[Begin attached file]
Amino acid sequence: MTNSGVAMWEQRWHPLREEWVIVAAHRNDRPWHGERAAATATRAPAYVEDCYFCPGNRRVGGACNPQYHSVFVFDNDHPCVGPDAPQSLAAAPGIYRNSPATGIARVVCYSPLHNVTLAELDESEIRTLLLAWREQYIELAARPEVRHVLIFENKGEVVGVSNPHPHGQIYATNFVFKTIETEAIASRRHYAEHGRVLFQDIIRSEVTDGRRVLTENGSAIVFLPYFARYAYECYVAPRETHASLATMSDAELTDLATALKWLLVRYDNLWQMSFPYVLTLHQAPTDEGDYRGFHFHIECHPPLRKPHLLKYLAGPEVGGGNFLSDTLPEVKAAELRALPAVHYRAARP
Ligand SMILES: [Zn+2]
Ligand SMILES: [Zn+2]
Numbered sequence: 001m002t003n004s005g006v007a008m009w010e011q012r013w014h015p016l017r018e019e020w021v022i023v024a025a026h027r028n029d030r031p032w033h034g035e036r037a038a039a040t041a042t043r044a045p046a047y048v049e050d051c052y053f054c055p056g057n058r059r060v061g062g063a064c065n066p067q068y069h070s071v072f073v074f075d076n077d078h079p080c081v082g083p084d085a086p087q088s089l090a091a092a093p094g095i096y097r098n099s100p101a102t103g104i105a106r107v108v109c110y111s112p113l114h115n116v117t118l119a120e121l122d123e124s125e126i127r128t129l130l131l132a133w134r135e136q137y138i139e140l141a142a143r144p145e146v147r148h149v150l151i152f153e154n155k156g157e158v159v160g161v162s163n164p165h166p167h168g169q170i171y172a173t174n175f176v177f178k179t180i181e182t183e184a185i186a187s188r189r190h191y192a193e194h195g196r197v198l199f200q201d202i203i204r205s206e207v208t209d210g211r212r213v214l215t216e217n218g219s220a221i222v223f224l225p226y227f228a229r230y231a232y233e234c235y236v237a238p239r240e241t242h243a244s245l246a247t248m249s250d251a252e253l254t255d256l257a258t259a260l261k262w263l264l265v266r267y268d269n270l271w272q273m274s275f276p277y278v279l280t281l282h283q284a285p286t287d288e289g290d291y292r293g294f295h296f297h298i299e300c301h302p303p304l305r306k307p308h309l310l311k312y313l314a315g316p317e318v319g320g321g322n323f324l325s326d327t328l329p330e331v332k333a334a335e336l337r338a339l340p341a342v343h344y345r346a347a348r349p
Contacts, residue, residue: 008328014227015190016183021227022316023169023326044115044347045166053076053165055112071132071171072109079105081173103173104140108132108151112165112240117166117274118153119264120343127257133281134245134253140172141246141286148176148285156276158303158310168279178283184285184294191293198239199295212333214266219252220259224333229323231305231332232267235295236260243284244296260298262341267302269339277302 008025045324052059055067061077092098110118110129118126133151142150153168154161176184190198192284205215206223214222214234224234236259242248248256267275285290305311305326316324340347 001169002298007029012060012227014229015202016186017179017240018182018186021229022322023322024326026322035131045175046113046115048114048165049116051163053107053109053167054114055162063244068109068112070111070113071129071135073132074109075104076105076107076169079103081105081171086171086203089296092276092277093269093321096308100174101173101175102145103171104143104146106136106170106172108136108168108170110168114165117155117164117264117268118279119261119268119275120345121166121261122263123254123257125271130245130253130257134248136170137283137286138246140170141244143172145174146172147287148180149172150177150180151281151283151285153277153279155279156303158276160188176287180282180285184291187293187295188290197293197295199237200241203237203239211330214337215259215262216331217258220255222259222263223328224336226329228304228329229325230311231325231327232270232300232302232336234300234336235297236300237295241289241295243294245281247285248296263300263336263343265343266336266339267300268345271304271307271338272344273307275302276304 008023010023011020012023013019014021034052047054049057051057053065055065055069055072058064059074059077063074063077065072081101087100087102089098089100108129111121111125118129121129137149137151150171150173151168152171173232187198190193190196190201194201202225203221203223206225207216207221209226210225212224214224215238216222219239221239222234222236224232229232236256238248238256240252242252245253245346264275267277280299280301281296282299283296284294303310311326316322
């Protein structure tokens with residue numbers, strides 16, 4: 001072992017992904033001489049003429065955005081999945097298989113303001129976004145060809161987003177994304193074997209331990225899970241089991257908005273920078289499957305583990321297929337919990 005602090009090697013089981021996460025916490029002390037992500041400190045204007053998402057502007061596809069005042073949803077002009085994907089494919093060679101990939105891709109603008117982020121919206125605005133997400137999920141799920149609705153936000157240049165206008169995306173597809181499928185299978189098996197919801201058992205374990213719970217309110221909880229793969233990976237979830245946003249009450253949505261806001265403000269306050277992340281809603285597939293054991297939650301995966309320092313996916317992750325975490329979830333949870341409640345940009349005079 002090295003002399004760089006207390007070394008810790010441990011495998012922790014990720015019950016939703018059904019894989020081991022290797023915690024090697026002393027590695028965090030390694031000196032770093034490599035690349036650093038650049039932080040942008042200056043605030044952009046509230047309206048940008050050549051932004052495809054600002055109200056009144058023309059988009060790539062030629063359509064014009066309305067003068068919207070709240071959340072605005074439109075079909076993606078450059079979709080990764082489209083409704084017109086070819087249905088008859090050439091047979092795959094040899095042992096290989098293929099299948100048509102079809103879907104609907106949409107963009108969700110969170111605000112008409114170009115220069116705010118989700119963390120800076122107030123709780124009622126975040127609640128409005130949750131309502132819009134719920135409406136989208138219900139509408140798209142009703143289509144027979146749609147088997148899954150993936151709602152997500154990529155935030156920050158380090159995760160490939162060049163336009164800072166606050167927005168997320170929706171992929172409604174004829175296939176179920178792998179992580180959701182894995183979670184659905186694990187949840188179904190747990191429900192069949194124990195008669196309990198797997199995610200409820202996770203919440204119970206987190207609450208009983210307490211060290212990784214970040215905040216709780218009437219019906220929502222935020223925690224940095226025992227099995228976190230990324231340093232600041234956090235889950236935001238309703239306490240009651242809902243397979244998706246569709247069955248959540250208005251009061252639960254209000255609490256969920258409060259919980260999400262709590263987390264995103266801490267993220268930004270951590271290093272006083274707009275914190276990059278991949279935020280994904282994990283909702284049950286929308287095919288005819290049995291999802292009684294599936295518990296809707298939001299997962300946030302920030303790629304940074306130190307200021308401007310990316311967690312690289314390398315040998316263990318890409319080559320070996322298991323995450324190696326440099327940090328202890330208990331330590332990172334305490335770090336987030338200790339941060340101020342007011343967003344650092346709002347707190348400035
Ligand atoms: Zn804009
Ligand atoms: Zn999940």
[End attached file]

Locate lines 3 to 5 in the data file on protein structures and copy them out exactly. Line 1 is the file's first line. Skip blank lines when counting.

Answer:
Ligand SMILES: [Zn+2]
Numbered sequence: 001m002t003n004s005g006v007a008m009w010e011q012r013w014h015p016l017r018e019e020w021v022i023v024a025a026h027r028n029d030r031p032w033h034g035e036r037a038a039a040t041a042t043r044a045p046a047y048v049e050d051c052y053f054c055p056g057n058r059r060v061g062g063a064c065n066p067q068y069h070s071v072f073v074f075d076n077d078h079p080c081v082g083p084d085a086p087q088s089l090a091a092a093p094g095i096y097r098n099s100p101a102t103g104i105a106r107v108v109c110y111s112p113l114h115n116v117t118l119a120e121l122d123e124s125e126i127r128t129l130l131l132a133w134r135e136q137y138i139e140l141a142a143r144p145e146v147r148h149v150l151i152f153e154n155k156g157e158v159v160g161v162s163n164p165h166p167h168g169q170i171y172a173t174n175f176v177f178k179t180i181e182t183e184a185i186a187s188r189r190h191y192a193e194h195g196r197v198l199f200q201d202i203i204r205s206e207v208t209d210g211r212r213v214l215t216e217n218g219s220a221i222v223f224l225p226y227f228a229r230y231a232y233e234c235y236v237a238p239r240e241t242h243a244s245l246a247t248m249s250d251a252e253l254t255d256l257a258t259a260l261k262w263l264l265v266r267y268d269n270l271w272q273m274s275f276p277y278v279l280t281l282h283q284a285p286t287d288e289g290d291y292r293g294f295h296f297h298i299e300c301h302p303p304l305r306k307p308h309l310l311k312y313l314a315g316p317e318v319g320g321g322n323f324l325s326d327t328l329p330e331v332k333a334a335e336l337r338a339l340p341a342v343h344y345r346a347a348r349p
Contacts, residue, residue: 008328014227015190016183021227022316023169023326044115044347045166053076053165055112071132071171072109079105081173103173104140108132108151112165112240117166117274118153119264120343127257133281134245134253140172141246141286148176148285156276158303158310168279178283184285184294191293198239199295212333214266219252220259224333229323231305231332232267235295236260243284244296260298262341267302269339277302 008025045324052059055067061077092098110118110129118126133151142150153168154161176184190198192284205215206223214222214234224234236259242248248256267275285290305311305326316324340347 001169002298007029012060012227014229015202016186017179017240018182018186021229022322023322024326026322035131045175046113046115048114048165049116051163053107053109053167054114055162063244068109068112070111070113071129071135073132074109075104076105076107076169079103081105081171086171086203089296092276092277093269093321096308100174101173101175102145103171104143104146106136106170106172108136108168108170110168114165117155117164117264117268118279119261119268119275120345121166121261122263123254123257125271130245130253130257134248136170137283137286138246140170141244143172145174146172147287148180149172150177150180151281151283151285153277153279155279156303158276160188176287180282180285184291187293187295188290197293197295199237200241203237203239211330214337215259215262216331217258220255222259222263223328224336226329228304228329229325230311231325231327232270232300232302232336234300234336235297236300237295241289241295243294245281247285248296263300263336263343265343266336266339267300268345271304271307271338272344273307275302276304 008023010023011020012023013019014021034052047054049057051057053065055065055069055072058064059074059077063074063077065072081101087100087102089098089100108129111121111125118129121129137149137151150171150173151168152171173232187198190193190196190201194201202225203221203223206225207216207221209226210225212224214224215238216222219239221239222234222236224232229232236256238248238256240252242252245253245346264275267277280299280301281296282299283296284294303310311326316322